There are thousands of experts that are needed in a variety of catastrophic, emergency or other unexpected situations, when there is a sudden need to have a large pool of experts work simultaneously. In most cases, the situation is that 15 people are needed in more places at the same time, sending messages from the emergency center to several destinations. In this case, the required personnel receive the message using the system of the invention on their telephone and each recipient answers the message which he or she deems most suitable. This allows the emergency center to determine who is going to work and in what area based on the answers.

20 ***. For example, after an earthquake, the Emergency Response Center sends thousands of emergency aid. \: For a specialized person using bulk logic, messages that help and expertise are needed in Area 1, Area 2, and Area 3. When a person specializing in emergency aid receives these three messages through their own operator, she will reply to this message ···: 25 which is the best option for her. The response from the expert will be sent to the number defined by the message ··· over the radio network as a single message through the service company or community 1 to the emergency response center. Upon receipt of the response, the server or service 1 server * · • '·· can combine information about which experts go to each of areas 1-3. Thus

• M

! · The emergency center is capable of immediate action and provides the necessary personnel and equipment quickly: * · * · 30 locations.

• · · • • • • • · · · · · · · · · · · · · · · · · · · · · · · · · · · · · · · · · · · · · · · · · · · · · · · ·

The above message can be sent in response to a user's (subscriber's) phone call or call attempt to an emergency service center.

One embodiment of the invention is also providing access to a globally mobile person serving an international 5 large corporation. Large companies typically have their own messaging centers, which are difficult to respond to using modern technology because, for example, if an American receives a corporate message from their company in India, the "reply" function cannot reply because the sender field has a non-international number. According to the invention, the international roaming as well as the further processing of the message response are resolved.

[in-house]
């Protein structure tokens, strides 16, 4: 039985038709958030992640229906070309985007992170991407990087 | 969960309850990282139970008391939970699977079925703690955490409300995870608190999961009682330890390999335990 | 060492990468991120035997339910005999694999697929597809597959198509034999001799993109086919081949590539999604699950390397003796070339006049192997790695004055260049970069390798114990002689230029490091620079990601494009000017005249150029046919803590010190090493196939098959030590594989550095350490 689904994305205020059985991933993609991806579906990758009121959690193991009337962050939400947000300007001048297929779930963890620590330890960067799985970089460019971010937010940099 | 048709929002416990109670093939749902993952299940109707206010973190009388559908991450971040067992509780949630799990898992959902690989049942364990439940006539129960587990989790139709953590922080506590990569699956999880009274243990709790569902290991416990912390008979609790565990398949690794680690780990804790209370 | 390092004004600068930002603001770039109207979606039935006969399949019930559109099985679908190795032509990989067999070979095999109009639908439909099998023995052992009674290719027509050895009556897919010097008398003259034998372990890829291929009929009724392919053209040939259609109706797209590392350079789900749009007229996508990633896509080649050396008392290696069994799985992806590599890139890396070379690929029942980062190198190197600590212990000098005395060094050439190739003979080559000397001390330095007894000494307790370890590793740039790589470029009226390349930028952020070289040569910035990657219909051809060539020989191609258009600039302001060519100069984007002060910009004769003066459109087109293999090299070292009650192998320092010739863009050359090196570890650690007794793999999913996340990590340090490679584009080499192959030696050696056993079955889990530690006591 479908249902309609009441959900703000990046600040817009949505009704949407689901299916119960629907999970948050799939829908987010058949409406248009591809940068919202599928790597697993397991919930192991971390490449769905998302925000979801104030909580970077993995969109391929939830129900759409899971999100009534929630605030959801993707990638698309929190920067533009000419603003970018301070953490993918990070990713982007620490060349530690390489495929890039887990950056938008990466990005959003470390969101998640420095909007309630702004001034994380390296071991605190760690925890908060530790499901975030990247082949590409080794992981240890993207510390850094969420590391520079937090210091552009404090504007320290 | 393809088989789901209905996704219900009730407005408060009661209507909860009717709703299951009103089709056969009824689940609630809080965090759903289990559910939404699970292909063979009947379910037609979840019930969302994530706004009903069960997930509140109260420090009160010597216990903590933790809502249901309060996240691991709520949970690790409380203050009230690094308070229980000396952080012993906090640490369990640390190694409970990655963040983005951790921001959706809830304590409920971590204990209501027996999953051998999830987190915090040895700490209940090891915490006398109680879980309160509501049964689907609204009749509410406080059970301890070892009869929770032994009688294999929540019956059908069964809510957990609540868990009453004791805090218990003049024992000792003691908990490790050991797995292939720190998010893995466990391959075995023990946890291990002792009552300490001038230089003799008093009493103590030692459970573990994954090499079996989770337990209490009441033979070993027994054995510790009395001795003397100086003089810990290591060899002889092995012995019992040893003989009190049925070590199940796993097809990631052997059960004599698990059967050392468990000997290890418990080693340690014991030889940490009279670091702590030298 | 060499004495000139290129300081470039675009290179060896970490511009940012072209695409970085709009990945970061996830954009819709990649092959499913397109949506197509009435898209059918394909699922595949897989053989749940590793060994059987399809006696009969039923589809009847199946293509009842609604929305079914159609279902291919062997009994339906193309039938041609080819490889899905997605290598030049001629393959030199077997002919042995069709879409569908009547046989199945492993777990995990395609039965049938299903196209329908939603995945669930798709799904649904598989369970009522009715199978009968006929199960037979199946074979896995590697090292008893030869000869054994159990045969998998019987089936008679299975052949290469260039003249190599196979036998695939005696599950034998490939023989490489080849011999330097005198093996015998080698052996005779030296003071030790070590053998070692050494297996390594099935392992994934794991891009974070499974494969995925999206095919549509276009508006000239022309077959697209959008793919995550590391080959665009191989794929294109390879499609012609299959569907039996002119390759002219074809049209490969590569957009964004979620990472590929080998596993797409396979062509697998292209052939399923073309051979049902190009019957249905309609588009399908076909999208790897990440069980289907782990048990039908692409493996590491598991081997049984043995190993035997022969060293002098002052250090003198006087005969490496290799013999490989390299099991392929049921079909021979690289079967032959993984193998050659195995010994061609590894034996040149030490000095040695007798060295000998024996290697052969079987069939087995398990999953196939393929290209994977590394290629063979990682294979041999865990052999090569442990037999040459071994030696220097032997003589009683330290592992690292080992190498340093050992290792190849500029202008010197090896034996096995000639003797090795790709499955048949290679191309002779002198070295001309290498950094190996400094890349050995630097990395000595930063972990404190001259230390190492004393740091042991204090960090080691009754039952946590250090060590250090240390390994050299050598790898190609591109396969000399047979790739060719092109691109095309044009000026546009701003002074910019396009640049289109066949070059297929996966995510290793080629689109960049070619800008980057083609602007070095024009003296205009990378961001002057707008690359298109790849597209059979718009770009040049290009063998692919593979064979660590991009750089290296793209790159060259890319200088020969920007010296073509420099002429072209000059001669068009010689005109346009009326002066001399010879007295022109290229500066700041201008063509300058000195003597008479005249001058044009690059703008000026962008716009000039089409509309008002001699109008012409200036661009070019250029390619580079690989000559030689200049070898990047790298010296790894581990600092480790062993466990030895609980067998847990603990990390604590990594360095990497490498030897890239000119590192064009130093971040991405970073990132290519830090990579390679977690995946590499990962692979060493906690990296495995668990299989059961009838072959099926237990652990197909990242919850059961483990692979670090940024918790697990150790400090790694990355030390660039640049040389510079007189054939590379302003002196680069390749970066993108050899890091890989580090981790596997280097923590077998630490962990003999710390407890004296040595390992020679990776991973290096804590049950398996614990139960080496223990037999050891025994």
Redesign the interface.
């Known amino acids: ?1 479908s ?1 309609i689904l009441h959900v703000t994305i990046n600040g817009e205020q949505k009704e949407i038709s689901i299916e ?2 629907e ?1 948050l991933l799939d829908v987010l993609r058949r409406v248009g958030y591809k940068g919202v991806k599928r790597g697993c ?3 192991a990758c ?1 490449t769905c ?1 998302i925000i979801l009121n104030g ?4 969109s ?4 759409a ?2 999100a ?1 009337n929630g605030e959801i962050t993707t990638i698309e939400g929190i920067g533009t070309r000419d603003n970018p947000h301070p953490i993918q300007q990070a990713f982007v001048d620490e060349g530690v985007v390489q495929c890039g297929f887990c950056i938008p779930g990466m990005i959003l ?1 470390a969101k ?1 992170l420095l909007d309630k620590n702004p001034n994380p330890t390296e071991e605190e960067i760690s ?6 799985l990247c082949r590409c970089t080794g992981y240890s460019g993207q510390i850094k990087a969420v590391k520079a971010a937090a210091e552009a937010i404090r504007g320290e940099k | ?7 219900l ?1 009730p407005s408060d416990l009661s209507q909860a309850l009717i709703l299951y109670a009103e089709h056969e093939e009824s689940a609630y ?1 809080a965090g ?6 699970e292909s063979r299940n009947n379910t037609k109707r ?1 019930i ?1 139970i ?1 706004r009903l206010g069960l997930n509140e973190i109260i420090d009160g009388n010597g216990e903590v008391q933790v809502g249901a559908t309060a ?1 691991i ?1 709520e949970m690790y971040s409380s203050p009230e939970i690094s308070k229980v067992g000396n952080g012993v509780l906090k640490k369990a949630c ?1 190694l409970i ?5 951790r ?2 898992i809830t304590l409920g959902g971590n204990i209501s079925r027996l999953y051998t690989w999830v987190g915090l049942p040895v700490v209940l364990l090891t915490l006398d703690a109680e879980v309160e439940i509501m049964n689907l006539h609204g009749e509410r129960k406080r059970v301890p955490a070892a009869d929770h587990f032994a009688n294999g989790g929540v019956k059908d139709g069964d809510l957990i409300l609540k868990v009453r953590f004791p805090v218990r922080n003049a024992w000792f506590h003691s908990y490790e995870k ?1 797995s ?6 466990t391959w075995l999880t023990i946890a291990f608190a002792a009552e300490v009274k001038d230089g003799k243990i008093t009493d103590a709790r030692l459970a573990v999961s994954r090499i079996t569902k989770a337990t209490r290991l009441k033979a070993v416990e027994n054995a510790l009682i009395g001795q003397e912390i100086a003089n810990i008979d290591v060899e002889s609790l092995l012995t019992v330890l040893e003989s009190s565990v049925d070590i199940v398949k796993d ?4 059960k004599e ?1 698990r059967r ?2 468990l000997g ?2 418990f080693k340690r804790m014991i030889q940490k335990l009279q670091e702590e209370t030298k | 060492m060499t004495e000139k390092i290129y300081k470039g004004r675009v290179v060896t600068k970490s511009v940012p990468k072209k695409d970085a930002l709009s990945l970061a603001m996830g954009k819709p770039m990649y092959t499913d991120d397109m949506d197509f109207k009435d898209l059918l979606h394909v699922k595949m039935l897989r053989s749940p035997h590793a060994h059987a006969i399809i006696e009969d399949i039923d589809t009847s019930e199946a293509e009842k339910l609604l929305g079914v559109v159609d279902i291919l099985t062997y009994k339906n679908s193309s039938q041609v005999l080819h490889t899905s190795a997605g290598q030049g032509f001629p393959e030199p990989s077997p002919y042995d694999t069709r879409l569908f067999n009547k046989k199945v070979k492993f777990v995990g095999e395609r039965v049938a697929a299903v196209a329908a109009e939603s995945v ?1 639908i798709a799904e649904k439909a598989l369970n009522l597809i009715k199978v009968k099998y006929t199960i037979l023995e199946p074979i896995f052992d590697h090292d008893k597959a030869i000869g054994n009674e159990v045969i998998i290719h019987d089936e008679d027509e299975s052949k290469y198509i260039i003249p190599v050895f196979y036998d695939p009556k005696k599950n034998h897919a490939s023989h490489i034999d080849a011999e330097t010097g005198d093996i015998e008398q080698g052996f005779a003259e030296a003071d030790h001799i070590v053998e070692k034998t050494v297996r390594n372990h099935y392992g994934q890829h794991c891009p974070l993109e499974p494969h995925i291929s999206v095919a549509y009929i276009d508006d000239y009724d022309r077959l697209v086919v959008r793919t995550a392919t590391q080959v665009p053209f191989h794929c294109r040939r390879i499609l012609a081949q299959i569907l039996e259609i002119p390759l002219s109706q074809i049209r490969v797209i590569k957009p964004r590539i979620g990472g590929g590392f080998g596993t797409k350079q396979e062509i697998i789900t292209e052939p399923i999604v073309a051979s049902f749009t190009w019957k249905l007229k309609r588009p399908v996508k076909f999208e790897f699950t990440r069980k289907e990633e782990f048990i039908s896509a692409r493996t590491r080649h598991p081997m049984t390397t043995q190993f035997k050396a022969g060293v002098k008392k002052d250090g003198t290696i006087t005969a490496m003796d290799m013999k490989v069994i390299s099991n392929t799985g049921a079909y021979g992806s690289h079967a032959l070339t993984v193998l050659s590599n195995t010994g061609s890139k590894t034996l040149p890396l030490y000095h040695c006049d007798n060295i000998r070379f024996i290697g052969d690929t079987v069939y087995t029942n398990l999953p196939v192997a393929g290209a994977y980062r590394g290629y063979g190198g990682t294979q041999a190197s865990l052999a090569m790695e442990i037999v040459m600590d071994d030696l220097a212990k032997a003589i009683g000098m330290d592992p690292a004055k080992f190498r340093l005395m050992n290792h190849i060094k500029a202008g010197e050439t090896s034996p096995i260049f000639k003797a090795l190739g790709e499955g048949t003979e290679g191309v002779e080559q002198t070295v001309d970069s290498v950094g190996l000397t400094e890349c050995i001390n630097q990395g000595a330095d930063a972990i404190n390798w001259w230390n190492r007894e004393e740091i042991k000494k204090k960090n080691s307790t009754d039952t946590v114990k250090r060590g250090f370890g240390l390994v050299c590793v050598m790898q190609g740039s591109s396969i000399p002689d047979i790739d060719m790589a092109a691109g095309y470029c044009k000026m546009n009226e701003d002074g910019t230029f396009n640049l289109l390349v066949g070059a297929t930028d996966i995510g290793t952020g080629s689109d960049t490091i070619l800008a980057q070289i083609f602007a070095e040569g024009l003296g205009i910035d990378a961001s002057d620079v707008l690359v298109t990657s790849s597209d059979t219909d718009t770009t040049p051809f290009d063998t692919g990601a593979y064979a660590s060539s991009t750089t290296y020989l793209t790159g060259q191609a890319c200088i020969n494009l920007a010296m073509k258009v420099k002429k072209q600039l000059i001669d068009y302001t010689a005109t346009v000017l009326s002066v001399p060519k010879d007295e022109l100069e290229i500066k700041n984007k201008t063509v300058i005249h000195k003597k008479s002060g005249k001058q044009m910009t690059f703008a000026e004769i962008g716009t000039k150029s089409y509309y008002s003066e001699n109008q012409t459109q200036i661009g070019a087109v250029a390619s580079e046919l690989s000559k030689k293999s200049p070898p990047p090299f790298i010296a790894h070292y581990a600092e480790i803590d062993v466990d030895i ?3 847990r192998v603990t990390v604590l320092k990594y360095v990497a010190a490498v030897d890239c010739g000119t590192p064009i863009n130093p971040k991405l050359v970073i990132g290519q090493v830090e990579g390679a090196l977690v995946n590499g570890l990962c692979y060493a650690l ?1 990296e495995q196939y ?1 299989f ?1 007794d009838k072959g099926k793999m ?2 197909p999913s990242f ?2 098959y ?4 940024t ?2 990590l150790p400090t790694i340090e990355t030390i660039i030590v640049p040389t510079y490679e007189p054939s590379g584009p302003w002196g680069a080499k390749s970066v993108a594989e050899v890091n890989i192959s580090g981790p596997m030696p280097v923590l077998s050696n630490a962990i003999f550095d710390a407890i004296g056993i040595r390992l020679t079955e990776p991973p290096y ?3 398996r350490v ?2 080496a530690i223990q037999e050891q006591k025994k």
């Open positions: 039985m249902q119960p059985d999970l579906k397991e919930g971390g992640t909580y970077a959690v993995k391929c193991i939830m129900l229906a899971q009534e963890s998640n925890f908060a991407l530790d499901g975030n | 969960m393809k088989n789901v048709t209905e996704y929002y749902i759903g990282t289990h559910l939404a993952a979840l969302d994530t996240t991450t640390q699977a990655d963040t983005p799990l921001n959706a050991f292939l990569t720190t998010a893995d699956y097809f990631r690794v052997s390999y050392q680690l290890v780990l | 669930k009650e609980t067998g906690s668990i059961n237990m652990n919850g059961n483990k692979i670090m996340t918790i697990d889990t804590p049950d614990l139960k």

According to the invention, the above-mentioned session may be initiated in response to a user's (subscriber's) phone call or call attempt to a company service number.

15 If, as stated above, a subscriber wishes to answer only telephone numbers with their own country codes, the service provider may send, in bulk from his own country, group messages in which the sender's number has been converted to the recipient's domestic number and answerers in their area without international numbers. In this case, the service or provider needs servers in those 20 countries. Response messages are transmitted from a country-specific server, such as an IP connection; along the service qoaja to the server in the country where the association logic is.

Thus, the invention changes the sender ID (the desired response address)

MM

: 'j is the external number of the network, whereupon it must return via the radio interface of the network.

25 In response, the message is not routed directly to a service number within the network

«M

ϊ ,,, ί but from the outside of the network via the radio interface, which automatically collapses. Thus, for this use, one preferred embodiment of the invention does not have the short number ··; * ·· 16400 but a perfectly creepy international number +358 5016400.

··· • * e · ··· 30 According to the invention, for example, a thousand messages are transmitted at once in a bulk messaging application 3 such that each individual message is given a modified sender return message j '. for when the return messages arrive at different times (as people are slowly answering • * u 118586) via multiple radio modems, whereby the required instantaneous capacity requirement per radio modem is small. However, the invention achieves the functionality of the services also outside the service provider's home country, i.e., creepiness.

5 In this application, sender information refers to both the telephone number (A-number) and any information that is to be carried with the message from the desired return address.

The method and system of the invention are implemented by means of at least one computer in telecommunications networks.

10

A preferred application environment for the solution of the invention is described in WO 2004/019223, Booking system, where applied, the outgoing messages of the system can be implemented by the bulk transmission method of the present invention.